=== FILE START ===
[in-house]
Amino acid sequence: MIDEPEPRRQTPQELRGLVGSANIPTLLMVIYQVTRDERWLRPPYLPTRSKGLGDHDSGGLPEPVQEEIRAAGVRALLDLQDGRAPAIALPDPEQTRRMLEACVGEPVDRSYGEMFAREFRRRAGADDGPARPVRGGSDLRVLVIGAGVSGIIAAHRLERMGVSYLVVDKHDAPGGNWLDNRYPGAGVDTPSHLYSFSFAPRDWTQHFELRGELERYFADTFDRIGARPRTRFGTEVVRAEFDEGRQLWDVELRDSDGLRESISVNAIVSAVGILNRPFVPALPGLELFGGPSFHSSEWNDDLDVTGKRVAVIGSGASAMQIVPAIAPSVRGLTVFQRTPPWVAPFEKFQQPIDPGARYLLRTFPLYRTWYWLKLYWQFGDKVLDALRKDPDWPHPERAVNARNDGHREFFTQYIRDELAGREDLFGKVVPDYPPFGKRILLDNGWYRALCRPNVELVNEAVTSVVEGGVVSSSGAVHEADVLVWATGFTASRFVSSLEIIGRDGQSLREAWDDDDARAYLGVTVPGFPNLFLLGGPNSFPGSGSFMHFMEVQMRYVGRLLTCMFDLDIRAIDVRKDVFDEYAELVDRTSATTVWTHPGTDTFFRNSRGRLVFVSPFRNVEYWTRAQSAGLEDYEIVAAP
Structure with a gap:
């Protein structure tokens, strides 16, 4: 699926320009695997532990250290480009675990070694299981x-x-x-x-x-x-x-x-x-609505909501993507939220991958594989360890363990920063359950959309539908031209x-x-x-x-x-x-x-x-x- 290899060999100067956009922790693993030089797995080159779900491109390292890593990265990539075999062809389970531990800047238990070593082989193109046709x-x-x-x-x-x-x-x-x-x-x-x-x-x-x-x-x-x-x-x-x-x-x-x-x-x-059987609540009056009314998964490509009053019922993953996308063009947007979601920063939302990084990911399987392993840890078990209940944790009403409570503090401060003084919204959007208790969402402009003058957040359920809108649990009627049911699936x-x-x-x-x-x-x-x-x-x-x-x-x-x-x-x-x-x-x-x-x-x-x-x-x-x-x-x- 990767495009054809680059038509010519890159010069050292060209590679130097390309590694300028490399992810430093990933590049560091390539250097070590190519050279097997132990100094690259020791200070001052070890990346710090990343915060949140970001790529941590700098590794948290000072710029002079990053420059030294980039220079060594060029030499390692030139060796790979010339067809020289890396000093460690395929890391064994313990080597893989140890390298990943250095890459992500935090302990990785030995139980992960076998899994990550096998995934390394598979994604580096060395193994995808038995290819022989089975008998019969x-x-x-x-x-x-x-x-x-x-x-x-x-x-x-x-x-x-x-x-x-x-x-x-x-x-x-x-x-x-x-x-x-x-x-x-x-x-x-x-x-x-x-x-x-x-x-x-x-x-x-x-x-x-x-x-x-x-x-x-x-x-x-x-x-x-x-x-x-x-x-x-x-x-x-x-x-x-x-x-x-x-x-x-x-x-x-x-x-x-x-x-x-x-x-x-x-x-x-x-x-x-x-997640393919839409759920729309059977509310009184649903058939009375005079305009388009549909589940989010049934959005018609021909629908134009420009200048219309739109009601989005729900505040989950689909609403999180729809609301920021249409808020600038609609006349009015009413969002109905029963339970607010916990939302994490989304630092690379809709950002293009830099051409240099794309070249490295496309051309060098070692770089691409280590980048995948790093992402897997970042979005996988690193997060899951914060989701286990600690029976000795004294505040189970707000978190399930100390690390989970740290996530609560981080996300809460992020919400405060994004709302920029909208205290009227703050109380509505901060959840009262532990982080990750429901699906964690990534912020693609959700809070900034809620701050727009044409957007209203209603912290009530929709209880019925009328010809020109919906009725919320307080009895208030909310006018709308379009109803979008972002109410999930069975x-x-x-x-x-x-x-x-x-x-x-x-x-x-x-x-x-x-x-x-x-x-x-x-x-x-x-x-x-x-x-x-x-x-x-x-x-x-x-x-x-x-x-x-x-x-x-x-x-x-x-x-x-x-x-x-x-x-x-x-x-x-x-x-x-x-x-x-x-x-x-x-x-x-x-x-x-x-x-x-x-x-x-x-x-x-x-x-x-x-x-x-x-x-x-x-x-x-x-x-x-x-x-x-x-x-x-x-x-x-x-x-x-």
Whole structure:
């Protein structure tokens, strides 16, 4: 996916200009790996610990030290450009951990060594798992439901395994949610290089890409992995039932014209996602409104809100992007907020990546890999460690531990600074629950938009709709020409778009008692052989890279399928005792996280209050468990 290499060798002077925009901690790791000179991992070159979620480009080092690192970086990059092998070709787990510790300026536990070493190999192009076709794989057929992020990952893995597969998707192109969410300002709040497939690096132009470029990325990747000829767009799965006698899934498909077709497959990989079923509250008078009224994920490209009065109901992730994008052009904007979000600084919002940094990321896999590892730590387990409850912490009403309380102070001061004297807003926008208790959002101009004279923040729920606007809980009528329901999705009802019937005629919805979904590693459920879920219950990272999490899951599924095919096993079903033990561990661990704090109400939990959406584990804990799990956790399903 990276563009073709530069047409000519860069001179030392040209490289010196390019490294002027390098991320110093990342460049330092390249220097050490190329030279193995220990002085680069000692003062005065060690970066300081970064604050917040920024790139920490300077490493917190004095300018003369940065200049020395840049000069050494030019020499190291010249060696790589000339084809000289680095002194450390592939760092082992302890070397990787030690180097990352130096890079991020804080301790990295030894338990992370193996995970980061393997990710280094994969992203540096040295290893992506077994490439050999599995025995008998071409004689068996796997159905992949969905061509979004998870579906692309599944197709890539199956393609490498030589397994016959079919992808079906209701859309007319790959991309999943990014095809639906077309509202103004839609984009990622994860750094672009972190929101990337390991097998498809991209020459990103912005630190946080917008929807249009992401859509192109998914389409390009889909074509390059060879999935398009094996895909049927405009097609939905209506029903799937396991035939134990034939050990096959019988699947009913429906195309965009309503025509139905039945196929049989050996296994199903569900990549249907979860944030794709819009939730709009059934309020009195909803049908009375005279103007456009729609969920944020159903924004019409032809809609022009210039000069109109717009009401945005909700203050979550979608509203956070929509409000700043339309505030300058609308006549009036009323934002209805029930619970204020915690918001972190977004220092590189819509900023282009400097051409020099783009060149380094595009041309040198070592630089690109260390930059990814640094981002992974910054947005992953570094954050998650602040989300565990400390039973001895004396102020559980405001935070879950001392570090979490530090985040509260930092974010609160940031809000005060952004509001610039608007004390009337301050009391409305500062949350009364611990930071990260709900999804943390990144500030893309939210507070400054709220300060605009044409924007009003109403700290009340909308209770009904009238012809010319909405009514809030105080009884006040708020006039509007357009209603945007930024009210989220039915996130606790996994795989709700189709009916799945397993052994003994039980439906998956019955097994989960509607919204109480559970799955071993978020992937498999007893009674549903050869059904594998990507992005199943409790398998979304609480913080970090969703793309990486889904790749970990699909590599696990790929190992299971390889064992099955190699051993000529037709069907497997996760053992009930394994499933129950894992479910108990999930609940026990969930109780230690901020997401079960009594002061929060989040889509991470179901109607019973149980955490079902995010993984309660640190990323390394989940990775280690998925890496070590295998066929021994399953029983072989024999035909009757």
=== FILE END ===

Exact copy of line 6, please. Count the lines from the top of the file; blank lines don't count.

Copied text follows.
């Protein structure tokens, strides 16, 4: 996916200009790996610990030290450009951990060594798992439901395994949610290089890409992995039932014209996602409104809100992007907020990546890999460690531990600074629950938009709709020409778009008692052989890279399928005792996280209050468990 290499060798002077925009901690790791000179991992070159979620480009080092690192970086990059092998070709787990510790300026536990070493190999192009076709794989057929992020990952893995597969998707192109969410300002709040497939690096132009470029990325990747000829767009799965006698899934498909077709497959990989079923509250008078009224994920490209009065109901992730994008052009904007979000600084919002940094990321896999590892730590387990409850912490009403309380102070001061004297807003926008208790959002101009004279923040729920606007809980009528329901999705009802019937005629919805979904590693459920879920219950990272999490899951599924095919096993079903033990561990661990704090109400939990959406584990804990799990956790399903 990276563009073709530069047409000519860069001179030392040209490289010196390019490294002027390098991320110093990342460049330092390249220097050490190329030279193995220990002085680069000692003062005065060690970066300081970064604050917040920024790139920490300077490493917190004095300018003369940065200049020395840049000069050494030019020499190291010249060696790589000339084809000289680095002194450390592939760092082992302890070397990787030690180097990352130096890079991020804080301790990295030894338990992370193996995970980061393997990710280094994969992203540096040295290893992506077994490439050999599995025995008998071409004689068996796997159905992949969905061509979004998870579906692309599944197709890539199956393609490498030589397994016959079919992808079906209701859309007319790959991309999943990014095809639906077309509202103004839609984009990622994860750094672009972190929101990337390991097998498809991209020459990103912005630190946080917008929807249009992401859509192109998914389409390009889909074509390059060879999935398009094996895909049927405009097609939905209506029903799937396991035939134990034939050990096959019988699947009913429906195309965009309503025509139905039945196929049989050996296994199903569900990549249907979860944030794709819009939730709009059934309020009195909803049908009375005279103007456009729609969920944020159903924004019409032809809609022009210039000069109109717009009401945005909700203050979550979608509203956070929509409000700043339309505030300058609308006549009036009323934002209805029930619970204020915690918001972190977004220092590189819509900023282009400097051409020099783009060149380094595009041309040198070592630089690109260390930059990814640094981002992974910054947005992953570094954050998650602040989300565990400390039973001895004396102020559980405001935070879950001392570090979490530090985040509260930092974010609160940031809000005060952004509001610039608007004390009337301050009391409305500062949350009364611990930071990260709900999804943390990144500030893309939210507070400054709220300060605009044409924007009003109403700290009340909308209770009904009238012809010319909405009514809030105080009884006040708020006039509007357009209603945007930024009210989220039915996130606790996994795989709700189709009916799945397993052994003994039980439906998956019955097994989960509607919204109480559970799955071993978020992937498999007893009674549903050869059904594998990507992005199943409790398998979304609480913080970090969703793309990486889904790749970990699909590599696990790929190992299971390889064992099955190699051993000529037709069907497997996760053992009930394994499933129950894992479910108990999930609940026990969930109780230690901020997401079960009594002061929060989040889509991470179901109607019973149980955490079902995010993984309660640190990323390394989940990775280690998925890496070590295998066929021994399953029983072989024999035909009757």